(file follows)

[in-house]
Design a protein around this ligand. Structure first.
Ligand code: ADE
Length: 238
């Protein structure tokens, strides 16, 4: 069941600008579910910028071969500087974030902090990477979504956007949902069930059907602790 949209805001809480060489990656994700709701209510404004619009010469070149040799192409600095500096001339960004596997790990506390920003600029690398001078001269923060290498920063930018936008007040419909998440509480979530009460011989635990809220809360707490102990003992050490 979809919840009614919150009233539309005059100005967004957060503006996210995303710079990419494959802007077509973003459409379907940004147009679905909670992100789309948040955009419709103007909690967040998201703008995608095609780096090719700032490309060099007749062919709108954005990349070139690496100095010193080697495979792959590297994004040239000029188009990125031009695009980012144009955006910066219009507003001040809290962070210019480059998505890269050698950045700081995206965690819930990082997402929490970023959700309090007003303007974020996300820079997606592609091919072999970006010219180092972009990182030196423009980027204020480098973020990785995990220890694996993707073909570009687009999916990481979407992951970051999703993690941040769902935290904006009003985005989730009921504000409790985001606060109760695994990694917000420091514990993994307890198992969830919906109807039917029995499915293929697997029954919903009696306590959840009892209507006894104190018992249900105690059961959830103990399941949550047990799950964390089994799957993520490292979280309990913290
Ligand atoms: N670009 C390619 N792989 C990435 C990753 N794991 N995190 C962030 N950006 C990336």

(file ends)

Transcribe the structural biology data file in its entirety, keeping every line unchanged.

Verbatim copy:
[in-house]
Design a protein around this ligand. Structure first.
Ligand code: ADE
Length: 238
């Protein structure tokens, strides 16, 4: 069941600008579910910028071969500087974030902090990477979504956007949902069930059907602790 949209805001809480060489990656994700709701209510404004619009010469070149040799192409600095500096001339960004596997790990506390920003600029690398001078001269923060290498920063930018936008007040419909998440509480979530009460011989635990809220809360707490102990003992050490 979809919840009614919150009233539309005059100005967004957060503006996210995303710079990419494959802007077509973003459409379907940004147009679905909670992100789309948040955009419709103007909690967040998201703008995608095609780096090719700032490309060099007749062919709108954005990349070139690496100095010193080697495979792959590297994004040239000029188009990125031009695009980012144009955006910066219009507003001040809290962070210019480059998505890269050698950045700081995206965690819930990082997402929490970023959700309090007003303007974020996300820079997606592609091919072999970006010219180092972009990182030196423009980027204020480098973020990785995990220890694996993707073909570009687009999916990481979407992951970051999703993690941040769902935290904006009003985005989730009921504000409790985001606060109760695994990694917000420091514990993994307890198992969830919906109807039917029995499915293929697997029954919903009696306590959840009892209507006894104190018992249900105690059961959830103990399941949550047990799950964390089994799957993520490292979280309990913290
Ligand atoms: N670009 C390619 N792989 C990435 C990753 N794991 N995190 C962030 N950006 C990336």